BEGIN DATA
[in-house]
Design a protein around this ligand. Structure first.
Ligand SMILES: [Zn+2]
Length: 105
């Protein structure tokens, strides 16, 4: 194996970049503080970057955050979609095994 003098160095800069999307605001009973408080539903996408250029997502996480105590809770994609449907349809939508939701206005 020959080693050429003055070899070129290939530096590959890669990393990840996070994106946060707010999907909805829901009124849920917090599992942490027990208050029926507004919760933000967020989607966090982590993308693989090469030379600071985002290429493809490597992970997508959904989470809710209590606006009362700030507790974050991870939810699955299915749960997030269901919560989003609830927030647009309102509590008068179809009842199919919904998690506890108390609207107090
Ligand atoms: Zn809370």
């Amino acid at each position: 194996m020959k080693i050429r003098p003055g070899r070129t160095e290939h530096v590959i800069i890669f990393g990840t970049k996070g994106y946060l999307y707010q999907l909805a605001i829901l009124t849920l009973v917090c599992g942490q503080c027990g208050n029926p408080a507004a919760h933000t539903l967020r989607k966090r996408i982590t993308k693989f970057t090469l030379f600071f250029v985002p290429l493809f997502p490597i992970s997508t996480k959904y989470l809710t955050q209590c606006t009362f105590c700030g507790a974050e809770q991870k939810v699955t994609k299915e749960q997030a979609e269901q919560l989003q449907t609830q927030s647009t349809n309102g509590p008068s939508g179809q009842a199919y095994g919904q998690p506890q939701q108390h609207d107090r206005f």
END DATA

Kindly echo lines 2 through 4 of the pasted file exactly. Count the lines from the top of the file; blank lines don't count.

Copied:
Design a protein around this ligand. Structure first.
Ligand SMILES: [Zn+2]
Length: 105